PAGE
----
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Social data warehousing is worth the trouble

David Taber | April 19, 2013
Everybody knows data warehousing is big data. But when you want to understand what's really going on with your customers' social interactions, terabytes may seem small. It's a laborious process, but the insight it provides can reap big rewards.

With social data, though, it's only the extracts that can be practically handled in a pure cloud warehouse.

The underlying details-for ad hoc queries, hypothesis testing, and extract formulation -will almost certainly have to be done with on-premises databases. Fortunately, disk and memory capacities continue to fall while capacity expands. (The laptop I'm writing this article on, for example, has more than a TB of internal disk space).

The real cost of the on-premises warehouse, though, will be the software and the data analyst. While there is good news in terms of analytical power, neither the people nor the software is likely to come down in price any time soon.

Prune Social Data Early, Often

I'm usually a card-carrying data pack-rat, but with social data warehousing, there's not much point in keeping detailed data around for too long.

The first reason is information value. Much of your social data becomes obsolete as the rules of the game continue to change.

  • Cyber-social mores are evolving rapidly. There's not much profit to be gained by understanding how people interacted in MySpace or SecondLife. Let's face it: Some social-network behaviors are vulnerable to fads. Leave the pure research projects to the academics.
  • Advertising platforms and tactics are evolving rapidly, particularly for mobile audiences. The threshold values for click-through ratio-and the importance of it in understanding conversion ratios-are hardly fixed.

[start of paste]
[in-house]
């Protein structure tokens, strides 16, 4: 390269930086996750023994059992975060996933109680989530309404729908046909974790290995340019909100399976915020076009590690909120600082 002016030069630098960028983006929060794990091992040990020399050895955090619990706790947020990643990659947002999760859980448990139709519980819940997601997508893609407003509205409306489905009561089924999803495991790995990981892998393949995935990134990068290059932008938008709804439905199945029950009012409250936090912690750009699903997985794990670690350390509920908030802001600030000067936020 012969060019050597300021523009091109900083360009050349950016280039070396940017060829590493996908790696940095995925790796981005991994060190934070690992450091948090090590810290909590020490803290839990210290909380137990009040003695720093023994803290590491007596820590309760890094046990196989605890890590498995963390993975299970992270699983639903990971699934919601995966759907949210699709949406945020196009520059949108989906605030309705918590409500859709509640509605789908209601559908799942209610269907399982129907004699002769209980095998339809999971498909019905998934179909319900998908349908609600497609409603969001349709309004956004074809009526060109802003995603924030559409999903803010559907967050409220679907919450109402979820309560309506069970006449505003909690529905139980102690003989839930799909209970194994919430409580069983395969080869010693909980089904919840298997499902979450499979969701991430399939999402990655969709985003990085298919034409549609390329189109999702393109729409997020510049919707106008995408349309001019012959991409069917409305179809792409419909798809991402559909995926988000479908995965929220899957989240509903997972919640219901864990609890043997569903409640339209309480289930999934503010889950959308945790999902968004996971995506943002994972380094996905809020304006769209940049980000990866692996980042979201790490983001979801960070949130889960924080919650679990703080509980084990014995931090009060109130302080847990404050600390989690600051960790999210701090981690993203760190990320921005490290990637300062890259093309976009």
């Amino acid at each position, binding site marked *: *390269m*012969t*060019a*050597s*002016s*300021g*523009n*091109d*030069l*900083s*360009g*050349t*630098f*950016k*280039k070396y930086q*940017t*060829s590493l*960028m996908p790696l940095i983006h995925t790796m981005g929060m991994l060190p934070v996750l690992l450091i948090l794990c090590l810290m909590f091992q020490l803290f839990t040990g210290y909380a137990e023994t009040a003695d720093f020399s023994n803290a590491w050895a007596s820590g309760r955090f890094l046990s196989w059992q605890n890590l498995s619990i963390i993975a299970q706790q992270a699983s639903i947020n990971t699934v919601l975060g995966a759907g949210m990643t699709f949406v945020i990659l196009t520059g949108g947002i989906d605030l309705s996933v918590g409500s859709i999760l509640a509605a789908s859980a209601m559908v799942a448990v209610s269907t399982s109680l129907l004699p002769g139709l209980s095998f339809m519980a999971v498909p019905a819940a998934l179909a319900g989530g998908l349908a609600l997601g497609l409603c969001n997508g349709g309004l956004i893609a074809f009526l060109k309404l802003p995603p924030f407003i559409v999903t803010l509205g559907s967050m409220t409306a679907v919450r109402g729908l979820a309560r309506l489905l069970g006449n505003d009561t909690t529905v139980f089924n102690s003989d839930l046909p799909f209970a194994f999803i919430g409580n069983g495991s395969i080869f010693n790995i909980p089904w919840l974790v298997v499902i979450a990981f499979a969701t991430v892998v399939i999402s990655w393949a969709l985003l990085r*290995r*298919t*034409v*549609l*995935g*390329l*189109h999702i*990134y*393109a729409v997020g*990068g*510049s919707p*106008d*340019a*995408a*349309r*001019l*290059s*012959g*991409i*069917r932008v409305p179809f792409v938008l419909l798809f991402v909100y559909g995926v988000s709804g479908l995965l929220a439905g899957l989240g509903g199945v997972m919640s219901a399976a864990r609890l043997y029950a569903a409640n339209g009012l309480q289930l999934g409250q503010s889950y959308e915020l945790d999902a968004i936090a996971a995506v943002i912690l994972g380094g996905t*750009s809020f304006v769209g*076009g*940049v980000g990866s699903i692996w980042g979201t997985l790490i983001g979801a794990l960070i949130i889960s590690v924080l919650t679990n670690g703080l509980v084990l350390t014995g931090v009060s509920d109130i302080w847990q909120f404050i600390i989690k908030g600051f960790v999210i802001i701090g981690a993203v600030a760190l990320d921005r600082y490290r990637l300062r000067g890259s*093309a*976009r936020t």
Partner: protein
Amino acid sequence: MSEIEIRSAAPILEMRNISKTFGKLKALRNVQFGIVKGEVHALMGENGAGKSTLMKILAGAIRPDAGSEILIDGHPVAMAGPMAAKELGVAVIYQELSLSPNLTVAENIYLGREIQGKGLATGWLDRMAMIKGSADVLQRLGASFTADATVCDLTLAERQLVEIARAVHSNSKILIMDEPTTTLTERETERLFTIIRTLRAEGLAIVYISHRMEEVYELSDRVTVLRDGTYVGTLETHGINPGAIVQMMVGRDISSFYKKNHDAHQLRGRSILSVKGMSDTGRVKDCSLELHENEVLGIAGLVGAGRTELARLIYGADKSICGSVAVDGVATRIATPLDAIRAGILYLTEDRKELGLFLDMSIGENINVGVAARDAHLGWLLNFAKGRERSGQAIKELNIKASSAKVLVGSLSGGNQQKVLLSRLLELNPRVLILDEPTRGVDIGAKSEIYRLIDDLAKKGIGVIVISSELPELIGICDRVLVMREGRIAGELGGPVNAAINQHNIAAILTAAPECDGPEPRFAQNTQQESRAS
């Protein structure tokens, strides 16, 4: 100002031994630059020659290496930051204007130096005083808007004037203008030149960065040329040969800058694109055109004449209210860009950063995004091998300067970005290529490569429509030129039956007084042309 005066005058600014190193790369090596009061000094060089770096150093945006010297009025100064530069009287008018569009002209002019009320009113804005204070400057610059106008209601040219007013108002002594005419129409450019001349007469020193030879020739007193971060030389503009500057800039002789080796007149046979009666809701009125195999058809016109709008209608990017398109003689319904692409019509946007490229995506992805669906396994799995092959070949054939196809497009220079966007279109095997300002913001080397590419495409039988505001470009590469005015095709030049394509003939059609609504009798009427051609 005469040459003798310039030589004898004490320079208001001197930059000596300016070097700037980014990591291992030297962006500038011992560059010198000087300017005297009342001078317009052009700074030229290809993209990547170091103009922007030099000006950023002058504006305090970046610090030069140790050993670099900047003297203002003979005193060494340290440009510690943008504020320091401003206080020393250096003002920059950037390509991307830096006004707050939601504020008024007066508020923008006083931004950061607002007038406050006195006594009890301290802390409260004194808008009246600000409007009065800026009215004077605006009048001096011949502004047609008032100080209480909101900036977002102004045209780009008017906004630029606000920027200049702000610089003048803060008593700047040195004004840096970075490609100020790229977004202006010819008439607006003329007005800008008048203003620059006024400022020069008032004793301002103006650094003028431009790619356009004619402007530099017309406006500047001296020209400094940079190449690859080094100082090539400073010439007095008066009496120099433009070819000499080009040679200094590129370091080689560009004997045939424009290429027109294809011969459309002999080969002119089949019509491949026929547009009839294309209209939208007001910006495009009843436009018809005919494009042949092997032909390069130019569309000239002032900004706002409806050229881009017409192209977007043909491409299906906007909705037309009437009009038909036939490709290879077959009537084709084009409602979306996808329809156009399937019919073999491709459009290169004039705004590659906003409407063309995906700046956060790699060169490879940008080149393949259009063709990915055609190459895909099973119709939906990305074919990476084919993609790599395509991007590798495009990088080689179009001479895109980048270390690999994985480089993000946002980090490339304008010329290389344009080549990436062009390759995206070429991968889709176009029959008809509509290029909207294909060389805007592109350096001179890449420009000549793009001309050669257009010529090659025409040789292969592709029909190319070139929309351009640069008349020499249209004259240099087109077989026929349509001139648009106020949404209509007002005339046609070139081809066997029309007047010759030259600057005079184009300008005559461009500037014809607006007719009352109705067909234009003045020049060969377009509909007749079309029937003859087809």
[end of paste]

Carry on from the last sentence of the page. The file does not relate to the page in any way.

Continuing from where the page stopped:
• Your competitors' actions affect your results, and your goals will change from year to year. Given the size and complexity of the data space, it will be almost impossible to normalize analytics over the long term. There's not much hope of discovering universal coefficients and algorithms that will be good over long periods, so focus on the here and now.

The second reason is signal-to-noise ratio and the costs of processing it.

  • A significant proportion of the social data you collect will be noise. The initial data points may look promising, but in many cases the user you're tracking took no action or simply disappeared from view. In some example data sets, we were able to throw out all the data from more than 95 percent of the prospects we were tracking.
  • Even if you get your data warehouse software or service for free, there's a non-zero cost for the time and effort of managing-let alone analyzing-the avalanche of data. We've seen some real-time systems that were not able to even delete more than a month's worth of data per query. Imagine how long it would take to aggregate all your data.

Social data warehousing is so new that we have to reinvent the practice, as well as the tools, to be effective. Make sure your social data warehousing project has a clear (and probably short-term) goal, as well as tight management, so it doesn't become a money pit.


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